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Liza Lou: Fragile Security
by Jan Garden Castro


“I moved to South Africa in order to find another way of working, one which can make a substantial difference to other people’s lives,” Liza Lou says. Her recent barbed-wire-topped cages and disintegrating prayer rug reliefs have glistening glass surfaces that draw attention to borders and skin. Among these stark yet stunning works is Maximum Security, a silver-beaded, human-sized cage for four in the shape of a cross. Standing alone in the all-glass Lever House gallery, it seemed to refer to literal and symbolic means of confinement. The cage metaphor may even suggest that we all dwell in proscribed spaces, whether created by ourselves or others.
At L&M Arts, human-sized, beaded sculptures and reliefs filled two floors of the gallery. Tower, a white tower of five stacked, beaded cages rising about 30 feet, suggested an infinity of imprisonment. Lou created these labor-intensive works over a three-year period in Durban, South Africa, a tropical port city whose population suffers from AIDS, economic hardship, and ubiquitous barbed-wire fences. She says, “For the past several years, I have been making a series of work that explores issues around security and fragility. Security Fence and Maximum Security reference the architecture of confinement. Security Fence is similar in scale to my earlier work, Kitchen—it is a claustrophobic enclosure, as is Maximum Security, with its layers and layers of chain link—a moiré effect, as if the pleasure and pain could go on forever.”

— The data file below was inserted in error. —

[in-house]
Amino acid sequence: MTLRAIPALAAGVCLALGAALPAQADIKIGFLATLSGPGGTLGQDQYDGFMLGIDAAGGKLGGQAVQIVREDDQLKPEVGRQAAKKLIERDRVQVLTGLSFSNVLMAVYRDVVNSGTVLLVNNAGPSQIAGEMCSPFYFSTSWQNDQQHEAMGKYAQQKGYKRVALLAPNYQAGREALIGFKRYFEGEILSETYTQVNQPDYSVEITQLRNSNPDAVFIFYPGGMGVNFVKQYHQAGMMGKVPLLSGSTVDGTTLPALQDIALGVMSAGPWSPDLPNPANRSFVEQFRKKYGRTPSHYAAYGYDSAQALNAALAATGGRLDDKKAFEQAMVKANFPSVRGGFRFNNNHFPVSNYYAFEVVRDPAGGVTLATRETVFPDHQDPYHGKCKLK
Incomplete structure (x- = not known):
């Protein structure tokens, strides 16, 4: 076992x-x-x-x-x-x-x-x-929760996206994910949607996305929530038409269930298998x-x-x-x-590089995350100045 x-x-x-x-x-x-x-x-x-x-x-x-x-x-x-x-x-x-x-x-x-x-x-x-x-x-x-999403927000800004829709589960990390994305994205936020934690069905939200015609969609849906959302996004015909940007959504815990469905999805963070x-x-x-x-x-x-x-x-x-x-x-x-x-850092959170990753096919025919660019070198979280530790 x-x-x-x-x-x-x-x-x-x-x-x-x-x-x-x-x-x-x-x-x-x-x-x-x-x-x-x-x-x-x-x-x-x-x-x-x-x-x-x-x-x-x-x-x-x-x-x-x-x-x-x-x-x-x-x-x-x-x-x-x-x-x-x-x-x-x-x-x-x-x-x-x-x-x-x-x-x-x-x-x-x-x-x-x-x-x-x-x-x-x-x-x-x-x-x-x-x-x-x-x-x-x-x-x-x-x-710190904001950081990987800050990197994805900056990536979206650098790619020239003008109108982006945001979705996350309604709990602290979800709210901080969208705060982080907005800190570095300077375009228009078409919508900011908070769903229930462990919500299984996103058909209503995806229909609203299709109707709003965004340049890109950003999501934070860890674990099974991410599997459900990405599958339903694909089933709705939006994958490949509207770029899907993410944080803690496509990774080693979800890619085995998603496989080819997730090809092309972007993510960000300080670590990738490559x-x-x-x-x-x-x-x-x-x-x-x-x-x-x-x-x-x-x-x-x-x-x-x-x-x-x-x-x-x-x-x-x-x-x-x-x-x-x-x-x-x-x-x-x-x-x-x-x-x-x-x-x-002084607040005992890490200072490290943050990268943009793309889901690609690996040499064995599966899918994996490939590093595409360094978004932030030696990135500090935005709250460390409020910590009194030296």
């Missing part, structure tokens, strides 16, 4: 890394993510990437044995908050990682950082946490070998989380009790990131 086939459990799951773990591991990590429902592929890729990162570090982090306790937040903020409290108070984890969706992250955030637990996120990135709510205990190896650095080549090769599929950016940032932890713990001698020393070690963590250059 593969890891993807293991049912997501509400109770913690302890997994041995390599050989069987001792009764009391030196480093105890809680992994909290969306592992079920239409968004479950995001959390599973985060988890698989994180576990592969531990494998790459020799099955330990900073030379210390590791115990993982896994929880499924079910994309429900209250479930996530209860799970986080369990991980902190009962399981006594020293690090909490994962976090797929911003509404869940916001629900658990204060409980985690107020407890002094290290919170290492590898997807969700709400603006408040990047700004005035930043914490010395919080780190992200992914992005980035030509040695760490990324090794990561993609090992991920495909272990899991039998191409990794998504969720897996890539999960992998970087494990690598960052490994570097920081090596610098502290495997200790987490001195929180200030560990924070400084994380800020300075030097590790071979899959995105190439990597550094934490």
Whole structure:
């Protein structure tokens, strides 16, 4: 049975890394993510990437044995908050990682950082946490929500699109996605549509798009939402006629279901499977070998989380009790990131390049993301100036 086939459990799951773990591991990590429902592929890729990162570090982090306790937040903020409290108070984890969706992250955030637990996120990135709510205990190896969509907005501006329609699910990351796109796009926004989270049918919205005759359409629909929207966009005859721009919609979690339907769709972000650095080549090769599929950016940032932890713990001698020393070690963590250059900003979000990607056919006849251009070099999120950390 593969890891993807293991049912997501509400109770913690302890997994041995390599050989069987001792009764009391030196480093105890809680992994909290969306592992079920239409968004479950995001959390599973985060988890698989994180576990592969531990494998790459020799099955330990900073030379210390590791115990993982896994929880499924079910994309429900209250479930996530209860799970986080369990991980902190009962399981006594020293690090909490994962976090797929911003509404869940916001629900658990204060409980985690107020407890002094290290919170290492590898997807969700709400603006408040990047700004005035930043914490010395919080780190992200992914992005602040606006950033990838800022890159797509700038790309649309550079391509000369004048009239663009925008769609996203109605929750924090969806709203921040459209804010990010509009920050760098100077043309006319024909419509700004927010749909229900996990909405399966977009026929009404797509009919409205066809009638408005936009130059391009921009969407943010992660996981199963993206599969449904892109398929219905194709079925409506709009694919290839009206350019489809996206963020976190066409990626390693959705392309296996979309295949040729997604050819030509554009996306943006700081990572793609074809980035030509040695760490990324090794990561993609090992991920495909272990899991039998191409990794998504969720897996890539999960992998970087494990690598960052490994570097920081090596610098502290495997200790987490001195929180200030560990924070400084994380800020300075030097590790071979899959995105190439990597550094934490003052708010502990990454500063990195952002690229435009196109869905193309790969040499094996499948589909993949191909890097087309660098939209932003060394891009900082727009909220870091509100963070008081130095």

The most personal of these new works is Self-Portrait (Face Down), an all-white, glass-beaded pillow dented with the artist’s facial features. Of its many possible meanings, one is surely that life and death rest in close proximity, in contact as intimate as one’s head pressed against a pillow. The other works shown at L&M Arts included an eight-foot-square security fence topped with barbed wire; a Barricade made of 24-karat gold-plated beads; white- and black-beaded versions of Continuous Mile, a three-quarter-inch-diameter coil resembling braided hair, installed, strand on strand, to form a circular enclosure; and Roll, a spiral roll of silver beads. These works, in editions of two to five, represent countless hours of hand-applying millions of glass beads one by one with tweezers. The monochrome cages and coils suggest the increasing role of security and confinement in daily life, attest to the labor of the largely anonymous makers behind these hand-crafted arts, and evoke life at its most elemental, micro-organismic level.

Tower, 2008.
Steel, razor wire, and glass beads.
6.7 x 23.5 x 23.5 ft.


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